How to Be Sweet to Your Girlfriend

by Joe Burnham

Being sweet to your girlfriend will almost always be appreciated, and can help reassure her that you're enthusiastic and positive about your relationship. Often it's the little things that can be the sweetest, as these help emphasize larger feelings of trust and intimacy between the two of you. Fortunately, it's not particularly difficult to be sweet to your girlfriend, although you should always be attentive about future opportunities to display your affection.

Pay attention to her needs. In different situations, this can allow you to display considerable acts of kindness, for example, lending her your coat when it's cold outside, or offering to give her a "piggy back" if she feels tired during a walk.

Give her spontaneous gifts. Although you shouldn't regularly spend all of your money on your girlfriend, the occasional little gift can help show her that she's been on your mind. This works especially well if the gift is relevant to a small detail she told you; for instance, if she mentioned a favorite book from her childhood, it might make a sweet gift to buy it for her if you happen to stumble across an old copy.

Clean up. Little acts of cleanliness can go a long way toward showing your girlfriend that you care, and can help demonstrate that you're attentive to making things nice and presentable for her. However, avoid doing this inappropriately; some people may have a certain style of organization that can be disturbed by well-meaning efforts to tidy up.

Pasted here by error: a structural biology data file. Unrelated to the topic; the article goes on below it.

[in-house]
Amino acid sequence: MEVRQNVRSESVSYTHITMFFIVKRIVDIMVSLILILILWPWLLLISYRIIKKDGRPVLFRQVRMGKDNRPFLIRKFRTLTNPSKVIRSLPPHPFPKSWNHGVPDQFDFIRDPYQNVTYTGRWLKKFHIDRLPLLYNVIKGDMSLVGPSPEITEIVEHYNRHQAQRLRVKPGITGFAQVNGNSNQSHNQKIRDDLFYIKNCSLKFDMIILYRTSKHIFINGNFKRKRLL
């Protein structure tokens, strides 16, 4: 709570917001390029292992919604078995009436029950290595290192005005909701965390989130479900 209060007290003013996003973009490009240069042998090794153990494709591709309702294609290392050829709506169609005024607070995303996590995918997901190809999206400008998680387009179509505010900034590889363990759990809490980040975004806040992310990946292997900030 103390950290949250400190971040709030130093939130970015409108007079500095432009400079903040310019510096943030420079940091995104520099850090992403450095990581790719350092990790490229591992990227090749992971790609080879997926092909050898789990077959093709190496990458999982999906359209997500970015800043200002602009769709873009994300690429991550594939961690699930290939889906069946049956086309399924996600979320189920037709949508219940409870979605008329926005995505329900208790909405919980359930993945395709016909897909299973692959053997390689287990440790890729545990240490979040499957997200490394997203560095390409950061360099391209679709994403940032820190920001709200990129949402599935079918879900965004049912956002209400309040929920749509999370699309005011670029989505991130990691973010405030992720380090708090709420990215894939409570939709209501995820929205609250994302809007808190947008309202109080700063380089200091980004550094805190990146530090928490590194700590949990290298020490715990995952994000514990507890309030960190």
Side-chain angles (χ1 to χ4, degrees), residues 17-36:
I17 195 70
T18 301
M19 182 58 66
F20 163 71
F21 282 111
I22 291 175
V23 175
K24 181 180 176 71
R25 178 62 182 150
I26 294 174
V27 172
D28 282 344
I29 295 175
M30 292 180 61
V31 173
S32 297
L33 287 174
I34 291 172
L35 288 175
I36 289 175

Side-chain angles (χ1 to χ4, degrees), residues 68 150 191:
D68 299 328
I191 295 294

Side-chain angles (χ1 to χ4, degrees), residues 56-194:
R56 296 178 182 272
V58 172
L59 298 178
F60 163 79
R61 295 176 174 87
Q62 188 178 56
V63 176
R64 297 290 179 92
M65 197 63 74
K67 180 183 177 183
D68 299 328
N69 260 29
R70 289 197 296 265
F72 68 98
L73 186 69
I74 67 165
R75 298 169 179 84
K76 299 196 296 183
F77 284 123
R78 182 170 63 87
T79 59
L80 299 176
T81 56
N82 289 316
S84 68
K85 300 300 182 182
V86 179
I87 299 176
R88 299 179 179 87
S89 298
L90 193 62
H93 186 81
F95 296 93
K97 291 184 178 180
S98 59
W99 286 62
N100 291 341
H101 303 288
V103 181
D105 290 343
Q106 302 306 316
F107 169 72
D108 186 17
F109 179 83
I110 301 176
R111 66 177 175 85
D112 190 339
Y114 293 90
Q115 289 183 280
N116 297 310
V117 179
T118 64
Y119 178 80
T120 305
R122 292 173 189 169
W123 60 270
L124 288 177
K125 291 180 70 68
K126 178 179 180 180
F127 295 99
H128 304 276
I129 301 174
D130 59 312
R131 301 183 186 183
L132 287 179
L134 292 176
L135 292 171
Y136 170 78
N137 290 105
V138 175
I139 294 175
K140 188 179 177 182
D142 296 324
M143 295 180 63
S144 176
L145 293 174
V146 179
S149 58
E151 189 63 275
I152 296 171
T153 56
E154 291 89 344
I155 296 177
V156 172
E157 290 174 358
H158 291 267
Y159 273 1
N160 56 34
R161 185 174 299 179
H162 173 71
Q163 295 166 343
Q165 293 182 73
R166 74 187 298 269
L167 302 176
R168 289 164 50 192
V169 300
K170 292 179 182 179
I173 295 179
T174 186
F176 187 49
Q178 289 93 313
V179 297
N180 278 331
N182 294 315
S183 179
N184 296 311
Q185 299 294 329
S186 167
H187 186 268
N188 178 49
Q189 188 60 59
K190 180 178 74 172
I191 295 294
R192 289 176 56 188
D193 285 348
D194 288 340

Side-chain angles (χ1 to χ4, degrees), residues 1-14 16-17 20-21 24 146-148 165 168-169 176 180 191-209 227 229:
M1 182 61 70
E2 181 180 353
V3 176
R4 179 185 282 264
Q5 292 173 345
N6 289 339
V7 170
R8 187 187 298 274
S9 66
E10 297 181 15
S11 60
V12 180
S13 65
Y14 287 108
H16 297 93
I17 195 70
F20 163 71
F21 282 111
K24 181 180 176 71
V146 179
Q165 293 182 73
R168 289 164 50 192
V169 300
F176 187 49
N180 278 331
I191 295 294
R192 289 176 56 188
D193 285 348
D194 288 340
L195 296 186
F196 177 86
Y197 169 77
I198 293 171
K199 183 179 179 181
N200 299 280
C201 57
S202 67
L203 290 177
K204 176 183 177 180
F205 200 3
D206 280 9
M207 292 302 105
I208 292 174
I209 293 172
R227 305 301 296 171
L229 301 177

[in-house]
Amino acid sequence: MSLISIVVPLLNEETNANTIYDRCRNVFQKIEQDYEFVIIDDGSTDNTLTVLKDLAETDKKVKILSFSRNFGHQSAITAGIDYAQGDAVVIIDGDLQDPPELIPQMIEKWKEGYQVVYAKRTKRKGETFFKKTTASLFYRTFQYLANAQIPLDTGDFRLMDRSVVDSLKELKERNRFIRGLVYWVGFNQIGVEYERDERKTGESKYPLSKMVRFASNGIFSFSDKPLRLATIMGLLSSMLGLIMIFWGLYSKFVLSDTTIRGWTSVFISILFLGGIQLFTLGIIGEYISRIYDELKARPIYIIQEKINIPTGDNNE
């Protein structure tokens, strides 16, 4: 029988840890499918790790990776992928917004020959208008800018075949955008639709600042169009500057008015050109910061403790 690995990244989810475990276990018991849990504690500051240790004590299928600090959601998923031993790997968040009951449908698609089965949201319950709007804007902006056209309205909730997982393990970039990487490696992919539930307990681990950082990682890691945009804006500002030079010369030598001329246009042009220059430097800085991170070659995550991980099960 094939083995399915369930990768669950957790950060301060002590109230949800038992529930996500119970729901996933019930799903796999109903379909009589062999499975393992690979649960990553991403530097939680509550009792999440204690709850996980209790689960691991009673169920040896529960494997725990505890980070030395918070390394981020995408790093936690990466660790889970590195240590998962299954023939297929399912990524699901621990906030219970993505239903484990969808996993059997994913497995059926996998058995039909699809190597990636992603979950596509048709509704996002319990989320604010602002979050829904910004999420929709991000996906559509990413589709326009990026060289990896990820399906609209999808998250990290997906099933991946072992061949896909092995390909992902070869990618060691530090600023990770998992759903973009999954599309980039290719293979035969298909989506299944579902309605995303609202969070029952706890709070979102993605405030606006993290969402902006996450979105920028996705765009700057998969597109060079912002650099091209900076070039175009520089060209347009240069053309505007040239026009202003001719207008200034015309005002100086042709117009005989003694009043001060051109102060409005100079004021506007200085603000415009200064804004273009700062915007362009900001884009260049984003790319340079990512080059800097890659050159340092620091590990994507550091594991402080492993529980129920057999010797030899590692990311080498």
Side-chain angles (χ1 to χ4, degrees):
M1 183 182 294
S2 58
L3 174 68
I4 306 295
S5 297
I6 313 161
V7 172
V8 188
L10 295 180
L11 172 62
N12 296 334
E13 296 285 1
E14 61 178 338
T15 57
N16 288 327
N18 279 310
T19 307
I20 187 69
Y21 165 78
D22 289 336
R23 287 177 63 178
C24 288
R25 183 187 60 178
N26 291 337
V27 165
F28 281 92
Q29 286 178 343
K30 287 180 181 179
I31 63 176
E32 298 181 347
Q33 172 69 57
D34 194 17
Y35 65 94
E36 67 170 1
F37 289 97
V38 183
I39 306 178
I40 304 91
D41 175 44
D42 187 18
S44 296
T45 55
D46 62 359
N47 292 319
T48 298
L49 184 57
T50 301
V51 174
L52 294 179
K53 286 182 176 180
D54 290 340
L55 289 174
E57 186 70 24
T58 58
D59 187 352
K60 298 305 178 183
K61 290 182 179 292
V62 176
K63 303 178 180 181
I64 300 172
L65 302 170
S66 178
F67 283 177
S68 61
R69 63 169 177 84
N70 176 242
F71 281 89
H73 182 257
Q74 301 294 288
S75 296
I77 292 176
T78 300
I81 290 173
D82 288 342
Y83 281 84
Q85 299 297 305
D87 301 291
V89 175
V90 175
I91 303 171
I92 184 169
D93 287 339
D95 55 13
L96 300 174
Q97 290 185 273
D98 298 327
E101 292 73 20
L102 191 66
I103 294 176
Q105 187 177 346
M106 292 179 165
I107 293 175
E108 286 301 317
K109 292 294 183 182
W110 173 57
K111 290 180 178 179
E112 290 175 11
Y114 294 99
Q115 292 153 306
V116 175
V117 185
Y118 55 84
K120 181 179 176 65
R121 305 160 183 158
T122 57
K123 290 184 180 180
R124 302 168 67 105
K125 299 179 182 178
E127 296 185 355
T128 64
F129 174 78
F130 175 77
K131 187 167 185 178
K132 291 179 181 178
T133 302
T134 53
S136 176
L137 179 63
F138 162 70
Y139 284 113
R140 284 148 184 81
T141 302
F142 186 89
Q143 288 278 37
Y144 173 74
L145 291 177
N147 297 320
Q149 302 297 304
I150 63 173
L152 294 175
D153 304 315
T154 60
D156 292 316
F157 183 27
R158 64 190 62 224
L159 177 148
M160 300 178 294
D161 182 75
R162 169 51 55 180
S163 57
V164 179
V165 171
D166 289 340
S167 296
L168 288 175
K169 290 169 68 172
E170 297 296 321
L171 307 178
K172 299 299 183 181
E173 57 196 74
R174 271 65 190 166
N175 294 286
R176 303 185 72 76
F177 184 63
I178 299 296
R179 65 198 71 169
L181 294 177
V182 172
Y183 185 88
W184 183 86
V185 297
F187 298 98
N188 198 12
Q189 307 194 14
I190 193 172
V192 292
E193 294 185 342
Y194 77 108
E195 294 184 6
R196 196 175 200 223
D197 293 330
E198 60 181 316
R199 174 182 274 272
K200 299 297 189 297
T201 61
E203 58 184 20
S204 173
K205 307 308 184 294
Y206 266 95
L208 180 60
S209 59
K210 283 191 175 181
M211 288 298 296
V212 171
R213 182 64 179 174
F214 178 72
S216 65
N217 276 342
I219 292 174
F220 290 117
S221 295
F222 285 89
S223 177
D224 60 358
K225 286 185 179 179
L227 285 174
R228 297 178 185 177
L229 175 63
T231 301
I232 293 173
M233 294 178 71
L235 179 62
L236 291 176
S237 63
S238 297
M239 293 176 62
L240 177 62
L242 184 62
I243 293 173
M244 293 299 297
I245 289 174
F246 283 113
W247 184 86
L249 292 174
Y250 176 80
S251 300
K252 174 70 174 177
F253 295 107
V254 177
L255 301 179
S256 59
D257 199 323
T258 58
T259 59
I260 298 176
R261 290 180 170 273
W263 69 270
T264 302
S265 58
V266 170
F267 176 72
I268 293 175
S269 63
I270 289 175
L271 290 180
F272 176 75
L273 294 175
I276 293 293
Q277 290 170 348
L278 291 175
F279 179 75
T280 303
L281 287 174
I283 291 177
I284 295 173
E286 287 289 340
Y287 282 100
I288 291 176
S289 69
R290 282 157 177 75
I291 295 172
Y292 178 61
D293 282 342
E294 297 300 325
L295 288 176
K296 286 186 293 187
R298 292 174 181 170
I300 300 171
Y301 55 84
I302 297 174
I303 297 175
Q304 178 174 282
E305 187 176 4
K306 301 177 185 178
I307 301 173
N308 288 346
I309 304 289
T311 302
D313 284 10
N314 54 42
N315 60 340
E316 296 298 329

Bring up problems she previously mentioned. This can help indicate that you were paying attention, and that her troubles are important to you. For instance, if she mentioned that she was having difficulties with a co-worker, ask how things have progressed a few days later.

About the Author

Joe Burnham has been a writer since 2008, working with British magazines such as "NME." His articles have been featured in "The Independent" newspaper, London's "Time Out" magazine and "York Vision," where he served as editor-in-chief. Burnham holds a Bachelor of Arts in politics and international relations from the University of York.

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